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Excerpt from TIARTA*

*The Inmates Are Running The Asylum" by Alan Cooper; SAMS Publishing, 1999. ISBN #0-672-31649-8)

Excerpted from pages 88-89 (hardcover). Cooper was the creator of Visual Basic, among many other achievements.

...Computer industry guru Jerry Weinberg says, "Once you eliminate your number one problem, you promote number two."' For decades, the computer industry's number-one problem has been efficiency, Computers were - relatively speaking - small, expensive, slow, and weak. We lionized the hacker-gods who could make programs that operated as efficiently as possible so as to maximize the productivity of the expensive mainframe computer. Essentially, it was far cheaper to train people to deal with obscure-but-efficient software than it was to buy more computers. The driving inevitability of plummeting computer costs has utterly obliterated that problem. Today, it is far more expensive to pay for human costs of adapting to "efficient" software than it is to make the software conform to the expectations of the humans.

The solution is obvious: make the software serve the users. But standing in the way is the culture we've so carefully built over the last forty years that puts the hacker-gods in the driver's seat. The community of software engineers is generally willing to accept interaction design into the process, They say, "Sure, wait until we're done, and then do all the design you want." Unfortunately, design has to come before construction, so the programmer's openness to design is largely ineffectual - it's like a cement truck operator telling the carpenters they can build all the forms they want as soon as he is done pouring the concrete.

Teaching Dogs to Be Cats

As a fallback position, software engineers are always willing to learn how to design. I'm constantly asked to "teach me to design." I applaud their open-mindedness, but I despair for its effectiveness. Any software engineer good enough to call herself a professional is well steeped in that literal-deterministic-sequential way that silicon behaves. Far too steeped to have much simultaneous effectiveness in the irrational-unpredictable-emotional world of humans. I'm not saying that a programmer cannot become a designer, I'm just saying that it is nearly impossible to do either of them well while attempting both simultaneously.

Every software engineer thinks that he is different; that he is the one who can do both. This is simply not true, as the failure of General Magic showed. Bill Atkinson and Andy Herzfeld headed General Magic's development effort. These two men were the lead software engineers on the Apple Macintosh and are probably the two most talented, creative, and inventive programmers ever. Their simultaneous design-and-programming on the Macintosh was a success in 1984 (although Jef Raskin, who did no programming, contributed much of the design). However, things have changed quite a bit in the ensuing 14 years, and their methods are no longer viable. In early 1993, I interviewed Andy Herzfeld at General Magic's engineering headquarters-which was Andy's living room in Palo Alto-and he described his design/programming philosophy to me. I listened in amazement, knowing that the odds would be severely stacked against him. Who but history could second-guess an engineering talent as towering as Andy's?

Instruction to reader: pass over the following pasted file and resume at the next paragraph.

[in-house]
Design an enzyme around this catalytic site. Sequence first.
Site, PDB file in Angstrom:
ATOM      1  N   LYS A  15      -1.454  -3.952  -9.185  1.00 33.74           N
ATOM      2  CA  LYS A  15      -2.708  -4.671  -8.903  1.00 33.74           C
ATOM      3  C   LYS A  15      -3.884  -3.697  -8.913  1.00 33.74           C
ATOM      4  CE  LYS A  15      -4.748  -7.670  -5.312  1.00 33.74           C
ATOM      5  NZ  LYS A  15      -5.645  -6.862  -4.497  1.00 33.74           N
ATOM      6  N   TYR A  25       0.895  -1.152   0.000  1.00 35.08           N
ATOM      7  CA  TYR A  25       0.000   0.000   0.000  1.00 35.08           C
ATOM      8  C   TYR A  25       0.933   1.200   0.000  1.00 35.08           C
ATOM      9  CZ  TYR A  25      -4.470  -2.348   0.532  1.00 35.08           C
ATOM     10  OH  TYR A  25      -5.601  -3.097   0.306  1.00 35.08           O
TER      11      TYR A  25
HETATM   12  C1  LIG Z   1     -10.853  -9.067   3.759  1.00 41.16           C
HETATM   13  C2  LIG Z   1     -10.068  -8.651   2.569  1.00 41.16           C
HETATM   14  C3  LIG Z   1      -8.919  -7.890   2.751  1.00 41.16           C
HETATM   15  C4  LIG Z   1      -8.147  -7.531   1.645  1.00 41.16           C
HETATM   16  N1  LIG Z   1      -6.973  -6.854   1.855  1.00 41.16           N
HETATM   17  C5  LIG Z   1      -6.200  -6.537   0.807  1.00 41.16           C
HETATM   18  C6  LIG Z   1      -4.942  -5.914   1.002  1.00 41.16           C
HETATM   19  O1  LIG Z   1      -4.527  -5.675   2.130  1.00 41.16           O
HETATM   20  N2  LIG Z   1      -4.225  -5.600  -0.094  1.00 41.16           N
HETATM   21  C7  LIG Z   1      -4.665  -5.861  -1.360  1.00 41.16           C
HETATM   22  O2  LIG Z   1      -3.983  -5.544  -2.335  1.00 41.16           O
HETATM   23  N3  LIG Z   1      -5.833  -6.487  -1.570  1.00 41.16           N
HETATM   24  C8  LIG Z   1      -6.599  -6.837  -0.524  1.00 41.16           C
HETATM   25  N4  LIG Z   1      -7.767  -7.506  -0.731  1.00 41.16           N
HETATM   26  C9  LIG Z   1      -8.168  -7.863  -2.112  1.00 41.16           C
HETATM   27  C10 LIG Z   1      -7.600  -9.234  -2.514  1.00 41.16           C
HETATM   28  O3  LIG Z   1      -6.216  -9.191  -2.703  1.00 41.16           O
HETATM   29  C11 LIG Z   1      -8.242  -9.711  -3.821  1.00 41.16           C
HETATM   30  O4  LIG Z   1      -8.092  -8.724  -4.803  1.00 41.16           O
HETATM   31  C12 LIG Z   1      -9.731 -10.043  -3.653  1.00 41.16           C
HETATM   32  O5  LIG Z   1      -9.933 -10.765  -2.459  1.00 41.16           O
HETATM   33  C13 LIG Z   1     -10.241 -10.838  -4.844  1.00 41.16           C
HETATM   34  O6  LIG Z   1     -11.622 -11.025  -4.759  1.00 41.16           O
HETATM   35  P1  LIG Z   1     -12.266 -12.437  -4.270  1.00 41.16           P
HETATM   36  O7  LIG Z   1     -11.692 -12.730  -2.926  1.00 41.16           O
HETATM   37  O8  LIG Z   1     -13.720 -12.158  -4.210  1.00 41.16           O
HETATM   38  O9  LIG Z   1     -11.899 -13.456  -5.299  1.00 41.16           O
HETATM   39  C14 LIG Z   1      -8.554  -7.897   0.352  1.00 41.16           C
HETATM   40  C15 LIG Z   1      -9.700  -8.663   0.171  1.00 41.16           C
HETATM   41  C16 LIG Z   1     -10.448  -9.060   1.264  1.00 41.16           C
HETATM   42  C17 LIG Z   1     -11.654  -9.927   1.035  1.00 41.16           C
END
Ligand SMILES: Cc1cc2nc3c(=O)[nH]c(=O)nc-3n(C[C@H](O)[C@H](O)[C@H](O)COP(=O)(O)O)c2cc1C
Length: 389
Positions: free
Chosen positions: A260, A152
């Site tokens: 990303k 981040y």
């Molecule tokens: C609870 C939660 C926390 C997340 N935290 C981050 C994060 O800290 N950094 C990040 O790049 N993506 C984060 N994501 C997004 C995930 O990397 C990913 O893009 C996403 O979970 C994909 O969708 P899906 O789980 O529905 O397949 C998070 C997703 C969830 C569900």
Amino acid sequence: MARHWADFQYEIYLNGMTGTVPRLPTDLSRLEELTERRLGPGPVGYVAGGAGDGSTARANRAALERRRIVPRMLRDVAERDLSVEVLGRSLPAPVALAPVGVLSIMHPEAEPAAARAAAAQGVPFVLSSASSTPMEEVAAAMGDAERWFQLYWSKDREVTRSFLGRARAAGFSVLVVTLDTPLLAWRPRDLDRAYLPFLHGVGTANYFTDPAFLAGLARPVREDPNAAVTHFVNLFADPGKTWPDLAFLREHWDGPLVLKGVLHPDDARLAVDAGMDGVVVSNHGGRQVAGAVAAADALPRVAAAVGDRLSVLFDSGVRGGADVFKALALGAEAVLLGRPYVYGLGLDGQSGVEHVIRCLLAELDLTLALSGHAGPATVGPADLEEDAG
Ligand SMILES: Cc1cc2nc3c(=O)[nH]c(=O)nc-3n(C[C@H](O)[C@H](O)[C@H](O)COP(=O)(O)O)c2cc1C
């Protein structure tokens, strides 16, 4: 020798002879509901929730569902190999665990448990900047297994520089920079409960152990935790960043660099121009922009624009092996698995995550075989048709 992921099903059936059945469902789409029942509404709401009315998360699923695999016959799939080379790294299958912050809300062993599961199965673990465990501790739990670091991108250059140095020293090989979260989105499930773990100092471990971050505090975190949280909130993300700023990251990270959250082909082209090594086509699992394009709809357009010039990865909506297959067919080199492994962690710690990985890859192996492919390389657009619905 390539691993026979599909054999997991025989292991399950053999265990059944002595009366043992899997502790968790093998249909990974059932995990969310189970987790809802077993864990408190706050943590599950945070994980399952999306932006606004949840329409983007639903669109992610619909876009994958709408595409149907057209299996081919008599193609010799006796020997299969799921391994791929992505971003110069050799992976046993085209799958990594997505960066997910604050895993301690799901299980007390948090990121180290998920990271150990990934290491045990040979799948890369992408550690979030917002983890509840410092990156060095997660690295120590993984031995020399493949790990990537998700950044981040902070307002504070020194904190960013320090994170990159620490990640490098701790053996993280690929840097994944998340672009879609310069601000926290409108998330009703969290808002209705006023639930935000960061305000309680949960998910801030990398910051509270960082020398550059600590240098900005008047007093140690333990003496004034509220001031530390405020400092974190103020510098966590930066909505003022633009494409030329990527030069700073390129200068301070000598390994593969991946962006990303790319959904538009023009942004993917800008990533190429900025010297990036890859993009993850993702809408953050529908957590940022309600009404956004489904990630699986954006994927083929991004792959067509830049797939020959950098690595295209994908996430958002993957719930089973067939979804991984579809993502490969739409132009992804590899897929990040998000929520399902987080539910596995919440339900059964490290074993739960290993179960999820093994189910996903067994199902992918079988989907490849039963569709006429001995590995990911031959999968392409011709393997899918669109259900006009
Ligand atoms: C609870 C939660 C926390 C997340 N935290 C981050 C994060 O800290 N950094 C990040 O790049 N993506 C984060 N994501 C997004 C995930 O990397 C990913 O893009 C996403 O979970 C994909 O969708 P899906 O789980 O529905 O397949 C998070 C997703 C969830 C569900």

There is no doubt that the product General Magic had in mind was, and still is, extremely desirable. There is no doubt that its technology was superb. There is no doubt that Marc Porat's ability to establish strategic partnerships and to make business deals was second to none. There is no doubt that the company was well sired and well funded. So what caused its demise? I offer interaction design, or a lack of it, as the smoking gun. Despite its stellar pedigree and awesome talent, General Magic's product was engineered and not designed.

The current thinking in the industry ignores this obvious deduction, as the General Magic article shows. The balance of the article seems to lay the product's failure on Porat's hubris and ego, but there's not a CEO in Silicon Valley who doesn't have hubris and ego in abundant quantities. That surely cannot be the reason for the company's failure.

Our high-tech culture is so inbred that we have little perspective on our own failures and foibles. You cannot be a successful reporter of high-technology unless you are a computer-savvy nerd - an apologist - yourself, so the reporters blame our failures on personal demons, bad luck, and acts of God.

Software programming is not a true profession, like being a lawyer, architect, or doctor, so titles in our industry are very unreliable. Several of my friends who are top-notch computer programmers call themselves "software designers," a title that is indisputably well earned but not truly correct. If you ask Andy Herzfeld, he will willingly accept the sobriquet "designer."

Many programmers believe themselves to be talented designers. In fact, this is often true, but there is a tremendous difference between designing for function and designing for humans.

Even if programmers haven't acquitted themselves well of the design task, they have at least kept many projects from unraveling completely. When a usurper approaches, they are careful not to let control get into the hands of irresponsible people. Most programmers are extremely responsible, and they often view outside consultants, marketers, and managers as flighty and incompetent.

(© 1999 by Alan Cooper)

All content herein copyright © 1995-2002 by Kai Matthews, except where I've explicitly noted items as others' work.

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